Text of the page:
The carload (which included their dog, Teddy) arrived in Toby’s new Discovery Sport around 2.30 in the night and they crept in to their usual beds. The older visitors endeavoured to sleep in next morning after their long drive.

Jacob and Grumpy

Jacob and Grumpy

Given the unpleasant change of weather, it was a day for indoor games for Jacob, Farrah and the grandparents and for buying some Wellington boots for Jacob so he could play outside. Jacob soon remembered the blackcurrants and the jelly that can be made with them, so we had a wet foray into the fruit cage (the bushes are taller than Jacob) then he and Grumpy made a blackcurrant jelly. He also admired the height of the broad beans which he and Helen had sown in loo rolls (to protect them when transplanting to the garden) back in Letchworth in April, and we picked more of those and the dwarf beans which had flourished in our absence. A popular indoor visit is always the Confiserie des Hautes Vosges, which gives demonstrations of their sweet making and then leads visitors, overcome by aromatic sugary fumes, up to the sales room with its bags of colourful goodies. An energetic walk along the ridge above Mandray was a good prelude to the sweets. The other must-do local activity is the luge track down to the Col de la Schlucht. This year, given the uncertain weather, we decided to try a metal track for wheeled luges near La Bresse, which was a great success, especially as it had a good play area next to the café which suited adults and children alike. Refreshed we drove along the Route des Cretes to Lac Blanc and scrambled up the steep hills around the lake, led by one enthusiastic small dog and two grubby children. The views were magnificent. The next morning they left at 5 am to drive south to their rented villa near Avignon. Despite all the blocked motorways predicted for this busiest day of the year, by using Waze and following back road detours they reached their villa only a few hours late but in time to collect the key. They had a very hot week there, with plenty of swimming in their villa’s pool, which compensated for the deficiencies of the Entre-deux-Eaux climate, and then they returned to us for a few days. We were able to go to a couple of flea markets on the Sunday and dinner featured John’s new sous-vide machine (for delicious duck fillet), the garden’s marrows, beans (spiced up) then blackberries (in a clafoutis). Toby and Rachel capped this the following night with a meal at the Auberge Frankenbourg, which has remained Toby’s favourite restaurant over the years.

After their departure, our thoughts returned to Denmark, so we drafted a zig-zag car route up Jutland and across to Funen (having realised that Copenhagen and the rest of Zealand and also other islands would have to wait for another journey -perhaps by air) and booked a few hotels. Five days later we discovered how thorough an overhaul the north German motorways are undergoing as we dawdled and queued through road works. But our pleasant overnight stop hotel on the edge of Hamburg made up for all the delays. In the days that followed we were to wish that hotels in Jutland were as tasteful and comfortable with equally magnificent breakfast spreads.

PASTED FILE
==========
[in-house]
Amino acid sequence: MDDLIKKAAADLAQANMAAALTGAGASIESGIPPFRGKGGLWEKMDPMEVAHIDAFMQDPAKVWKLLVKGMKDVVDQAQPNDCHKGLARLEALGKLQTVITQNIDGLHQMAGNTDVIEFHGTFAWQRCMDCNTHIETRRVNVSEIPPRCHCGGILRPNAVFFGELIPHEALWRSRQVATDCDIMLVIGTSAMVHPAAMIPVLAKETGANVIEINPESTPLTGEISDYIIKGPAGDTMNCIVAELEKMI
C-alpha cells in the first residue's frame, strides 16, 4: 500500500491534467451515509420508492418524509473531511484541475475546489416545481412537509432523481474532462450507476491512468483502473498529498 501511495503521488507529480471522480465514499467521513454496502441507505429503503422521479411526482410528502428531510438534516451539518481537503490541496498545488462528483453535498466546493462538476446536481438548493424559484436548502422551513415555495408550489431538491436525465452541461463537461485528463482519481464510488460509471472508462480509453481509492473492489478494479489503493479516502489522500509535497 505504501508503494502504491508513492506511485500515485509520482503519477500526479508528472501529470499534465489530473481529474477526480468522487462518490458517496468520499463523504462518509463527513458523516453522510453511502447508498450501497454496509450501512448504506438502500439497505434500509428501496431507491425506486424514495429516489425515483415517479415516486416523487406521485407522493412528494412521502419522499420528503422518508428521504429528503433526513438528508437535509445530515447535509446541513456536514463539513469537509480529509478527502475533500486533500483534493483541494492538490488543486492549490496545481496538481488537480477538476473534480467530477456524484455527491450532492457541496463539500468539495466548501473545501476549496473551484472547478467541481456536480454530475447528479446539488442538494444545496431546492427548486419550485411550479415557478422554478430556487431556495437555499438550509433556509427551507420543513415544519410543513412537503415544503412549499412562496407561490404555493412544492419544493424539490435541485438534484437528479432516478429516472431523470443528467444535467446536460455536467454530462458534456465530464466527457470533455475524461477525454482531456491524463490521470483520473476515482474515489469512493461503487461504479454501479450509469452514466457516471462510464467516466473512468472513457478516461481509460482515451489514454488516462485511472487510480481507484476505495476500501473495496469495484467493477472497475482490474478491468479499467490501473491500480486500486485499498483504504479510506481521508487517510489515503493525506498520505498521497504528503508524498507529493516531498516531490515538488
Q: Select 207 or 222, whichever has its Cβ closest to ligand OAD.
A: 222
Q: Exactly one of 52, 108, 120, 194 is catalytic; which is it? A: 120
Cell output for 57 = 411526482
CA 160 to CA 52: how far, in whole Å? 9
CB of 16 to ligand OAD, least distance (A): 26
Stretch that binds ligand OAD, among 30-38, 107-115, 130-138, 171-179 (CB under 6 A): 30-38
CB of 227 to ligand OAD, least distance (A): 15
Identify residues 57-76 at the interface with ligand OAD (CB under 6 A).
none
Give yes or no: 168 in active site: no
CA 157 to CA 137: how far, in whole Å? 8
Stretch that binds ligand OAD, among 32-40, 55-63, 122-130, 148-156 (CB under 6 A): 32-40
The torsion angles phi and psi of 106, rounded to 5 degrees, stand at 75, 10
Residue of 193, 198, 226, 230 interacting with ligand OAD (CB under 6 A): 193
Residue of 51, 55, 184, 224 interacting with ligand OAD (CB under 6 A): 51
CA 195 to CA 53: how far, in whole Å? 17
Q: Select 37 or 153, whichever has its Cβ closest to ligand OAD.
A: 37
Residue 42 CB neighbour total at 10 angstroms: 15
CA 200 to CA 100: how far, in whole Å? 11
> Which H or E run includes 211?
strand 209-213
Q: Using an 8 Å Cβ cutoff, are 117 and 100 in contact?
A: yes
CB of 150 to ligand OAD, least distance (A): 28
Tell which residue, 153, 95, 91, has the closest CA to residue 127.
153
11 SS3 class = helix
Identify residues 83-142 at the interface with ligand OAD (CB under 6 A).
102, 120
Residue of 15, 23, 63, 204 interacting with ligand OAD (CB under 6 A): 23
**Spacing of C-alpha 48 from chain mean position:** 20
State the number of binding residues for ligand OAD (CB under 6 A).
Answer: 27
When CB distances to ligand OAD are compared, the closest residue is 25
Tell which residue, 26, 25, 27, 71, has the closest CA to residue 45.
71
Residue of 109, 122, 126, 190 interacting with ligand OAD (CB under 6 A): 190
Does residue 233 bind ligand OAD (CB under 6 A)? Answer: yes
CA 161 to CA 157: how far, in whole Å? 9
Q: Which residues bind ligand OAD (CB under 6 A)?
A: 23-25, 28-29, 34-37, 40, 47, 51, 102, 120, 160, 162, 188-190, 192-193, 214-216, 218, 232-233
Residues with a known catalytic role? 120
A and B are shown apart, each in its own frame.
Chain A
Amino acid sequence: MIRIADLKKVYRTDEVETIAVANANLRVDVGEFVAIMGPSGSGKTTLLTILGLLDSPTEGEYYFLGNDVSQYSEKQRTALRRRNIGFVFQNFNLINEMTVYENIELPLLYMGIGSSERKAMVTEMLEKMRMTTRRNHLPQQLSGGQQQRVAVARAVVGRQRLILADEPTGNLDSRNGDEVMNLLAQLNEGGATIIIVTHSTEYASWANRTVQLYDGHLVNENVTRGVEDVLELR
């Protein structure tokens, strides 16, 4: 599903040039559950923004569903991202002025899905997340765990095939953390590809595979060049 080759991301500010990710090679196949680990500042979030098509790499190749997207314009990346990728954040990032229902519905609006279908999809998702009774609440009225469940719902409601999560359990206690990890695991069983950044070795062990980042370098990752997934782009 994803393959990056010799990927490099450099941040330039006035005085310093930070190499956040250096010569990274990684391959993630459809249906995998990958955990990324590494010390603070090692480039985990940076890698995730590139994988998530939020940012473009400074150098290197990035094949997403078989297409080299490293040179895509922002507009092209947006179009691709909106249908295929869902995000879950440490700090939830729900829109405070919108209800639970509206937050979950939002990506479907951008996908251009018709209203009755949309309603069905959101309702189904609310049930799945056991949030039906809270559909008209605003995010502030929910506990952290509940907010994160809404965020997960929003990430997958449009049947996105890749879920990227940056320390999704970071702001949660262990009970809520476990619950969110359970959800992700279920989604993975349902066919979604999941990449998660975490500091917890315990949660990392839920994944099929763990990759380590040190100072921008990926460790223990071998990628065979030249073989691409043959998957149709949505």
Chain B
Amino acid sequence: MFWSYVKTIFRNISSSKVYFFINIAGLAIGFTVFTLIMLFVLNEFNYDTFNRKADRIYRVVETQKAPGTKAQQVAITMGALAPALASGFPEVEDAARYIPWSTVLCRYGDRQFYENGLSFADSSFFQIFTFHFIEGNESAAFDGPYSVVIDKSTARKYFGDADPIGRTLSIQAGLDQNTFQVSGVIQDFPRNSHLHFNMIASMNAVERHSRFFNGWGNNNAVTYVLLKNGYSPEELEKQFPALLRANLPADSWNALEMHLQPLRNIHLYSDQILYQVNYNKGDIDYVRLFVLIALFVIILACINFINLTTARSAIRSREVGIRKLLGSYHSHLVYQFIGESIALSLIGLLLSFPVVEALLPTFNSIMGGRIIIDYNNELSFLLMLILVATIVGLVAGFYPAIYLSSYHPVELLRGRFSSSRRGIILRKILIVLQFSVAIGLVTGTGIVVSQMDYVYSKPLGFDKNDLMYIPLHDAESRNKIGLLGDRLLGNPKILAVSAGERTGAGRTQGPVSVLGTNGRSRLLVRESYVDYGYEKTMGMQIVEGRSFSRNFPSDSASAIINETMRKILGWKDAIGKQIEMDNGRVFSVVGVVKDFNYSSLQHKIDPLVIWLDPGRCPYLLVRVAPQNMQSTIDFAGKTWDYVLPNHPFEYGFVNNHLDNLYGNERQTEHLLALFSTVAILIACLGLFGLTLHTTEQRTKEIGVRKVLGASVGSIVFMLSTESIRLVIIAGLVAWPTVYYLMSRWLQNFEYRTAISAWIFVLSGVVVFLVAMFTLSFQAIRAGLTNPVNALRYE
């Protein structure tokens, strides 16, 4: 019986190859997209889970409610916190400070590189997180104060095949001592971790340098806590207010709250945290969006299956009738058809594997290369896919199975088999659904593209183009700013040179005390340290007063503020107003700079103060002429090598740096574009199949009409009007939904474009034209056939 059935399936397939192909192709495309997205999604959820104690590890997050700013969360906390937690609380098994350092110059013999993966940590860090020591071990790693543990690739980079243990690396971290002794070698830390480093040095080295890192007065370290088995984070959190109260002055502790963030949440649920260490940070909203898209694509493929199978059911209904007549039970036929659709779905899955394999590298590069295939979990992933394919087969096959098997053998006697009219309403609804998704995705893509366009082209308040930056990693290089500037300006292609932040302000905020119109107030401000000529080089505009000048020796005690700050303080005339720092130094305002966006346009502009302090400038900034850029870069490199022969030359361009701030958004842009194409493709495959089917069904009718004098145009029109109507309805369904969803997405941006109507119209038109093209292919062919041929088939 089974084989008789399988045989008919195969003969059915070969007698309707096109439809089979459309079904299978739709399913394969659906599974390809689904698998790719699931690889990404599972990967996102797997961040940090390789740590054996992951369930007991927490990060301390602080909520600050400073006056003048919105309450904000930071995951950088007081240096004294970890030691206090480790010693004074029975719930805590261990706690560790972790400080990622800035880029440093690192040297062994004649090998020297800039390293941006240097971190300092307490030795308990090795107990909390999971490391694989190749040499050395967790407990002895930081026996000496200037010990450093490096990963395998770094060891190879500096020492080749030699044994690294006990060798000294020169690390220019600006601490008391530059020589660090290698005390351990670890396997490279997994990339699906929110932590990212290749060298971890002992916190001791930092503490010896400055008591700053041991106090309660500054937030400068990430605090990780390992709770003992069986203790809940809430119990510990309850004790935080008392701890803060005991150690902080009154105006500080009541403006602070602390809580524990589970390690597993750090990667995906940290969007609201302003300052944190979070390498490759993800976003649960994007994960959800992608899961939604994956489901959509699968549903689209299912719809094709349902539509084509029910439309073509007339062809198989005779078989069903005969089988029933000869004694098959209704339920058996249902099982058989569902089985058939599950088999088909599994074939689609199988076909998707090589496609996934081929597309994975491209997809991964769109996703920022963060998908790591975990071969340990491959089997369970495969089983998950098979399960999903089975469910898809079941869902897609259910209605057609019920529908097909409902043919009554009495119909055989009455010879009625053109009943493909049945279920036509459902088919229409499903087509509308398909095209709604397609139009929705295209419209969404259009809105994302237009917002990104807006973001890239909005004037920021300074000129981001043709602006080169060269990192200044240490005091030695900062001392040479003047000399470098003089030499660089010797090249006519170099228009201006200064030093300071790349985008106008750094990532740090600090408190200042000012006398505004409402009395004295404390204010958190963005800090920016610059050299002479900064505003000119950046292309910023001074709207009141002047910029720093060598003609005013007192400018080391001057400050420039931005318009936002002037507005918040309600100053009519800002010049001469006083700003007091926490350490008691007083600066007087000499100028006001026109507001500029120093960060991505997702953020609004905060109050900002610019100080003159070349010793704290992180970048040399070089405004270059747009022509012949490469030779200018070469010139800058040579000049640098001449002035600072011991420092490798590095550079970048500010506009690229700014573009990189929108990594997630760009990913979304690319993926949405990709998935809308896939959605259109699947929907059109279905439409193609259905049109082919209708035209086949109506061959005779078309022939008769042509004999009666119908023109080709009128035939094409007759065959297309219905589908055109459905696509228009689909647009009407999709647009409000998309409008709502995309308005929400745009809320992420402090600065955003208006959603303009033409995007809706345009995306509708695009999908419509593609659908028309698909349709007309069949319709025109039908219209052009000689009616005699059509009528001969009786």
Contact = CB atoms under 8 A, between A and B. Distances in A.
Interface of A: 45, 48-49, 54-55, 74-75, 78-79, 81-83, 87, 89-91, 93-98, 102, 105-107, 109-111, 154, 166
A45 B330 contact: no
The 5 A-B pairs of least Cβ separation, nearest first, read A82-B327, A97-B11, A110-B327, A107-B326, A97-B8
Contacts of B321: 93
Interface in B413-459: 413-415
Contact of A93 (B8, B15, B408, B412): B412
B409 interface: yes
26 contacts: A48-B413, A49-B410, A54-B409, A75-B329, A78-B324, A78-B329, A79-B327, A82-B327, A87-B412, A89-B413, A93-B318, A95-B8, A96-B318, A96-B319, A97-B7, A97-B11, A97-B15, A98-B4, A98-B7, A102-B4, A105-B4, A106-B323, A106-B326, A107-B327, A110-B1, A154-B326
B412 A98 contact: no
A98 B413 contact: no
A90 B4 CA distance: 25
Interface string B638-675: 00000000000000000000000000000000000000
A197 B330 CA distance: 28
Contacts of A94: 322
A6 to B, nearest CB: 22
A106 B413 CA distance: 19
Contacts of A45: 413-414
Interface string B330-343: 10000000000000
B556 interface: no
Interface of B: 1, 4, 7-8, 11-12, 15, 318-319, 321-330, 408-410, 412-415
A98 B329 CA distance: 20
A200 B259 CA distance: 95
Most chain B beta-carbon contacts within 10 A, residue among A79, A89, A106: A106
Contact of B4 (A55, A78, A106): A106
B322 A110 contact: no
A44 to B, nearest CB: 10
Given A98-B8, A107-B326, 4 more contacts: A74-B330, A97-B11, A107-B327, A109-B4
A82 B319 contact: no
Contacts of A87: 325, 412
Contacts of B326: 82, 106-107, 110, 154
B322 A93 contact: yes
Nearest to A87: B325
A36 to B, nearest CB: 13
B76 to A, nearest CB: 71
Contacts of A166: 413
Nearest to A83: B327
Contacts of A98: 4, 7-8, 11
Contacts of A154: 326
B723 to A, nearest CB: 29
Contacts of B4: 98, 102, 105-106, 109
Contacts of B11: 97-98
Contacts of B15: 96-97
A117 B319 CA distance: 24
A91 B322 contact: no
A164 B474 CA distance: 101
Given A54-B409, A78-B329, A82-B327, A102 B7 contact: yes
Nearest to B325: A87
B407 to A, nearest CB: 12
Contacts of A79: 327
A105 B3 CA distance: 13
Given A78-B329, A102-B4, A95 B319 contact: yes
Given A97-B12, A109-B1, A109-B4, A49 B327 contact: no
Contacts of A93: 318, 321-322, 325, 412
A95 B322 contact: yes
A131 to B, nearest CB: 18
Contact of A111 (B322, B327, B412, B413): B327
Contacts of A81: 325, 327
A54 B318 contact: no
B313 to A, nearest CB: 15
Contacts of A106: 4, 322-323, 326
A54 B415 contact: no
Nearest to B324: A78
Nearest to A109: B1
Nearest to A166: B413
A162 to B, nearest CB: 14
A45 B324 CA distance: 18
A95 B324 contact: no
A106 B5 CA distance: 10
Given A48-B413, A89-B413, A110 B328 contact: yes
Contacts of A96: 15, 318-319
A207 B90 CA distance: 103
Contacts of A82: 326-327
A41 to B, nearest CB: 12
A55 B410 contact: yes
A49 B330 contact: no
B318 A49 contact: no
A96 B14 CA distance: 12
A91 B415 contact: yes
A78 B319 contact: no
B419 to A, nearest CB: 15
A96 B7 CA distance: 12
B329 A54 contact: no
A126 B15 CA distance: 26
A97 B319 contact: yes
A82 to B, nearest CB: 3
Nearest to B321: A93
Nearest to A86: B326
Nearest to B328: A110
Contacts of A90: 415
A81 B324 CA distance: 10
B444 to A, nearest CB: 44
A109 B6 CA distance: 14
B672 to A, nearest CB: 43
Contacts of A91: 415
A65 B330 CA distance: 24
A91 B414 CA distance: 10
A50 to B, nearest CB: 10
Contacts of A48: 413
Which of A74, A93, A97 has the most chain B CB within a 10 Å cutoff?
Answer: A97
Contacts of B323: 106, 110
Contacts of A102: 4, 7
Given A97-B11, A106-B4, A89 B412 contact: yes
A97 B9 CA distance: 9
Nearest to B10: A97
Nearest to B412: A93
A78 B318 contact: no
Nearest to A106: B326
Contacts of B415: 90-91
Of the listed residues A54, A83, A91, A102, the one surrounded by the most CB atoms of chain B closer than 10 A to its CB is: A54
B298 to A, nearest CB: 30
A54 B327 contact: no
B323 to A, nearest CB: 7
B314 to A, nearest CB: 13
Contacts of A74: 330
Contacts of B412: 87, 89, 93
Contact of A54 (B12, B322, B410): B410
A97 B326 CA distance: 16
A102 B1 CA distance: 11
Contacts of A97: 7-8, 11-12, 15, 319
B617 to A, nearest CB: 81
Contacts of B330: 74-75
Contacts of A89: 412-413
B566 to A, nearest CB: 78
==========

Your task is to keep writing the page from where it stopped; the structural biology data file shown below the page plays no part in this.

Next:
As we edged up the next stretch of German motorway under repair through Holstein towards Schleswig, trying to remember what the Schleswig-Holstein question had been in long ago history lessons, John suggested that once over the border we should detour west to Dybbøl Bank. He had remembered details of the excellent BBC4 Danish drama 1864 (which Helen had completely forgotten) about the Second Schleswig War between Denmark and Prussia which ended in defeat for Denmark at Dybbøl Bank and the loss of a quarter of its territory to Prussia.

Dybbøl Banke

Dybbøl Banke

It was a glorious day as the sun unexpectedly came out and we found ourselves at the top of a hill with an old windmill and new museum. We walked up to some stones which from a distance could have been runestones, but in fact were the remains of gun emplacements, from which we had an unexpected view over the battle ground to the brilliant blue fjord beyond, which seems less blue in the photos than in memory. The short film at the museum restored Helen’s memory of key events and the political situation.

Our hotel that evening in Tønder was the first of a series of disappointments. In the fifties and sixties Danish design and furniture was so admired, that the garish black and gold bedspread, carpet and chairs in a room opening off a balcony walkway (a bit like a motel) was rather a shock. And the food on offer in town was mainly kebabs or a Chinese buffet (where we ended up).

Møgeltønder church font

Møgeltønder church font

But next morning the old church in nearby Møgeltønder, approached along a street of lime trees and quaint houses, made up for Tønder’s deficiencies, with its painted walls, ceilings, pews, balconies and even a painted font above which painted mermaids disported provocatively.

Then on to Ribe for its cathedral begun in 1060 and for our first encounter with the Vikings. The Ribe Vikings did not fit the British image of warriors raiding, pillaging and burning monasteries like Lindisfarne. According to the archaeology and reconstructions in the museum they seem to have come up the river to Ribe (from where we never discovered), settled and traded peacefully.

Which chairs infringe Triptrap copyright?

Which chairs infringe Tripp Trapp copyright?